The airline industry faces losing millions of pounds in lost revenue following the discovery of the terror plot yesterday.
The average cost for each plane on the Heathrow to New York route that was grounded following the police raids is estimated to between £350,00 to £400,000.
With more than 500 flights cancelled yesterday, operators could face missing out on up to £200 million in revenue.
Although the airlines would be spared fuel, landing and tax costs from not taking off, they would also have to pay salaries of their crews.
British Airways shares fell five per cent, wiping around £200 million off the value off the company, while low-cost rivals Ryanair and easyJet were down two per cent.
And retailer WHSmith lost one per cent as analysts noted the prevalence of stores at UK airports. The shops normally benefit from the feel-good factor when people go on holiday and stock up on books and newspapers, but passengers have been banned from carrying anything other than essential items on planes.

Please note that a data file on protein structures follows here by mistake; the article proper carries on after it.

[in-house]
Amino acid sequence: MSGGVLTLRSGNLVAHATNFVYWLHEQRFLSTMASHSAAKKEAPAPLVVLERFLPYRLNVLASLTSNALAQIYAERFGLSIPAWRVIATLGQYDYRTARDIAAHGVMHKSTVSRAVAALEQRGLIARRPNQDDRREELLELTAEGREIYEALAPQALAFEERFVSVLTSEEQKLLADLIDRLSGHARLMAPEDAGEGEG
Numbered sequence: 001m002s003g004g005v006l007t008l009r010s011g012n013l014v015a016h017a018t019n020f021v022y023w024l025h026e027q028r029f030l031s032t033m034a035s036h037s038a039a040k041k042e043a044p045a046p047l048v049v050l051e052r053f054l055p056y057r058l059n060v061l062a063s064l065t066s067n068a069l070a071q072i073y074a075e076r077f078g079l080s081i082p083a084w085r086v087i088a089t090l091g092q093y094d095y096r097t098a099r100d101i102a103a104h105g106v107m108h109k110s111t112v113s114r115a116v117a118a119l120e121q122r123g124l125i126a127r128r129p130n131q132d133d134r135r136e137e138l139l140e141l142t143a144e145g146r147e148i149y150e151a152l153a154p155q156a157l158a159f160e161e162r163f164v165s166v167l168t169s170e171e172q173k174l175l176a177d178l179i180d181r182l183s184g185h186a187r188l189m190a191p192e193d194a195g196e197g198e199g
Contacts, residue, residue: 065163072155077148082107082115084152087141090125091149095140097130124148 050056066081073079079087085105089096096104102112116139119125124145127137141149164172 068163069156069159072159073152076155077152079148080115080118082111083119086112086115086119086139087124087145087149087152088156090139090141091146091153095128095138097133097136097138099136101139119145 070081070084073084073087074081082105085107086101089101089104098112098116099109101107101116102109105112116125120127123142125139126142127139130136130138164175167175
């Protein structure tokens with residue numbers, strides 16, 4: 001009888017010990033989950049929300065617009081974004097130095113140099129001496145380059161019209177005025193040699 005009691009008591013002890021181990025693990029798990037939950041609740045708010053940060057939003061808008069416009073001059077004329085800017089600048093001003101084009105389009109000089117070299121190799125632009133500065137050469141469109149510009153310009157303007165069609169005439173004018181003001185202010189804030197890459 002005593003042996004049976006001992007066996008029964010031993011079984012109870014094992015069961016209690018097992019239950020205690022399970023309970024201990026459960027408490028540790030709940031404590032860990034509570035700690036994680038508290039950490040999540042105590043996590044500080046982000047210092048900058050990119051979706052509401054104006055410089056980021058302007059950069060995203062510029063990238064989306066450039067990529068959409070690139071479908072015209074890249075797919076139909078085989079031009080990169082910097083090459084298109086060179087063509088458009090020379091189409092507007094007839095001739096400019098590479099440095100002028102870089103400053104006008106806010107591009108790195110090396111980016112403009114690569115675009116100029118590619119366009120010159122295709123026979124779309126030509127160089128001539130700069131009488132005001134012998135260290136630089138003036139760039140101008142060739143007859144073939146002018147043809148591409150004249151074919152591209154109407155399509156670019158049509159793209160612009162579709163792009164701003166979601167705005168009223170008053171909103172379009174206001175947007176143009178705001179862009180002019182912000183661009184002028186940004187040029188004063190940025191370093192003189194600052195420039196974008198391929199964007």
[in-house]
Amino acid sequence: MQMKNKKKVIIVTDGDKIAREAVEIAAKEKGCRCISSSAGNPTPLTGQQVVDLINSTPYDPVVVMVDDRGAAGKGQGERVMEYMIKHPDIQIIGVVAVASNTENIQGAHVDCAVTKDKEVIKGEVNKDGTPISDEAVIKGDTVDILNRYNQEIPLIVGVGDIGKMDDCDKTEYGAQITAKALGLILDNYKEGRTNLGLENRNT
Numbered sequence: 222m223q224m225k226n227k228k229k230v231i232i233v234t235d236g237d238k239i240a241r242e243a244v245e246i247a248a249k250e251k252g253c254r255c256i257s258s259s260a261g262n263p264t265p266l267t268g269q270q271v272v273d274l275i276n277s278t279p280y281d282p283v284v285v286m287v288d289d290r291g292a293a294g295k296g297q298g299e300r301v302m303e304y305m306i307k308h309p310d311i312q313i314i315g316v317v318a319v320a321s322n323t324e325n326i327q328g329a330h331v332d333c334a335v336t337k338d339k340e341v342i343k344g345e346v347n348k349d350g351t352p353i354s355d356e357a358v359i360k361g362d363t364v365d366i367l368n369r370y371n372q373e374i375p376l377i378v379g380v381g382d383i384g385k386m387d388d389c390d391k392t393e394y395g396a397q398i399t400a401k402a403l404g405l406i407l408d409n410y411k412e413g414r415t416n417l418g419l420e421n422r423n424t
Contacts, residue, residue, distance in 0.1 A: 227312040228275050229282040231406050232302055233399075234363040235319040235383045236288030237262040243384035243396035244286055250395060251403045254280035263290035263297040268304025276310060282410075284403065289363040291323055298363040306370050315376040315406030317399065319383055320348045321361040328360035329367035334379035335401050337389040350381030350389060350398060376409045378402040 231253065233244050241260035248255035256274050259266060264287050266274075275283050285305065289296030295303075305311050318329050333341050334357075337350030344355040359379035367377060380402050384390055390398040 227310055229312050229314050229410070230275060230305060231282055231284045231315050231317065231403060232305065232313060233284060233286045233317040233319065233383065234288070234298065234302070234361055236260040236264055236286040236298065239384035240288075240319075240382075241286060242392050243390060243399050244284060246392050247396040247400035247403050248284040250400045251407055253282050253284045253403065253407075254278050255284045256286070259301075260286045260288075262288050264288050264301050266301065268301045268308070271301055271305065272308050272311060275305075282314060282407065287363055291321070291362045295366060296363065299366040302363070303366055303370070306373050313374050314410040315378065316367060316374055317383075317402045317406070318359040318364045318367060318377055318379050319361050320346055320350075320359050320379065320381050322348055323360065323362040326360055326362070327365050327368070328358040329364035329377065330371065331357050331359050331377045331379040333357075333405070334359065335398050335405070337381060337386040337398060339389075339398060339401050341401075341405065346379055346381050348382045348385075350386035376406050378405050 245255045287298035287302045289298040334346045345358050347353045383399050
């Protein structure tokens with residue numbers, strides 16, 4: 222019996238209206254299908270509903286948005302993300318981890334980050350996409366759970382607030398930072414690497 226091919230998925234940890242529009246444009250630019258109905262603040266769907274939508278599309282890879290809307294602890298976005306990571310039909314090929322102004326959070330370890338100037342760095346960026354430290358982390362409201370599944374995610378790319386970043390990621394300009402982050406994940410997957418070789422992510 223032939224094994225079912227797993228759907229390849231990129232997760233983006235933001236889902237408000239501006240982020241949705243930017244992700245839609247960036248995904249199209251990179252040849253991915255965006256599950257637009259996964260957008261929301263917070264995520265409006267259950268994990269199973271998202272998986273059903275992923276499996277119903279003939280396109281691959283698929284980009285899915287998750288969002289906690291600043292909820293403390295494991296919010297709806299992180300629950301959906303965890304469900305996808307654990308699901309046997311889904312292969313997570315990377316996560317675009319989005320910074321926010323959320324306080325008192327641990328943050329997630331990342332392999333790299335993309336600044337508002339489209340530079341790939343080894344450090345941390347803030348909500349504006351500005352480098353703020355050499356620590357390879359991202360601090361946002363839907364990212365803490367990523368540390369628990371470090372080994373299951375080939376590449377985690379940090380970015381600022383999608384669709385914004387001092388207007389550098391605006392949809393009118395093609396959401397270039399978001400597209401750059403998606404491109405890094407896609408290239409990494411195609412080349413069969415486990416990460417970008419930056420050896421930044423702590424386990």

Dr Pat Hanlon, an aviation expert at Birmingham Business School, said: "Although there will be no question of compensation, because this is an act of terrorism, companies will lose a lot of revenue because they will have to refund the passengers on the cancelled flights.
"On top of that there will be dislocation costs caused by planes being out of position. This means that some flights will have to take off with less than full capacities to get back to their normal schedules."
Dr Hanlon said the discovery of the plot could also have long term implications for the industry and could ultimately trigger a new round of mergers.
"After every event like this people are put off flying. This is potentially worse than 9/11 because people wonder what might have happened."
The aviation industry was picking up after a disastrous time in the wake of the September 11 attacks, which forced many of the main American airlines to file for bankruptcy.
"Passenger numbers after September 11 went down sharply, but the cycle has recovered and this year has been particularly good for trans-Atlantic travel. There have been more Americans vacationing in Europe than at any time since 9/11.
"But this news will have had a big impact in America and will be a big set back."
Meanwhile, accountants Grant Thornton estimated the chaos that hit the UK airports could cost the British economy £10 million a day.